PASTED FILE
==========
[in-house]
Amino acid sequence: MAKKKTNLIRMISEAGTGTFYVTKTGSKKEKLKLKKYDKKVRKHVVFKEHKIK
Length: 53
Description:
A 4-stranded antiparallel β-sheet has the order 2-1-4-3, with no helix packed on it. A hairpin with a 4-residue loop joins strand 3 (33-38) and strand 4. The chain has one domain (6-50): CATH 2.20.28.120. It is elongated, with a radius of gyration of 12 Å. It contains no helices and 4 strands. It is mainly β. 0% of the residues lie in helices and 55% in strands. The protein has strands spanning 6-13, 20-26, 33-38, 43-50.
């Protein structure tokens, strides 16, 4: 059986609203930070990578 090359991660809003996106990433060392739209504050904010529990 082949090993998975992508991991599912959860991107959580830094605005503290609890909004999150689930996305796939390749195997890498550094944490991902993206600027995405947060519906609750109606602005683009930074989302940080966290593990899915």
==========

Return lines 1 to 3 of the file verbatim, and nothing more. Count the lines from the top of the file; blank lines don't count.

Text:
[in-house]
Amino acid sequence: MAKKKTNLIRMISEAGTGTFYVTKTGSKKEKLKLKKYDKKVRKHVVFKEHKIK
Length: 53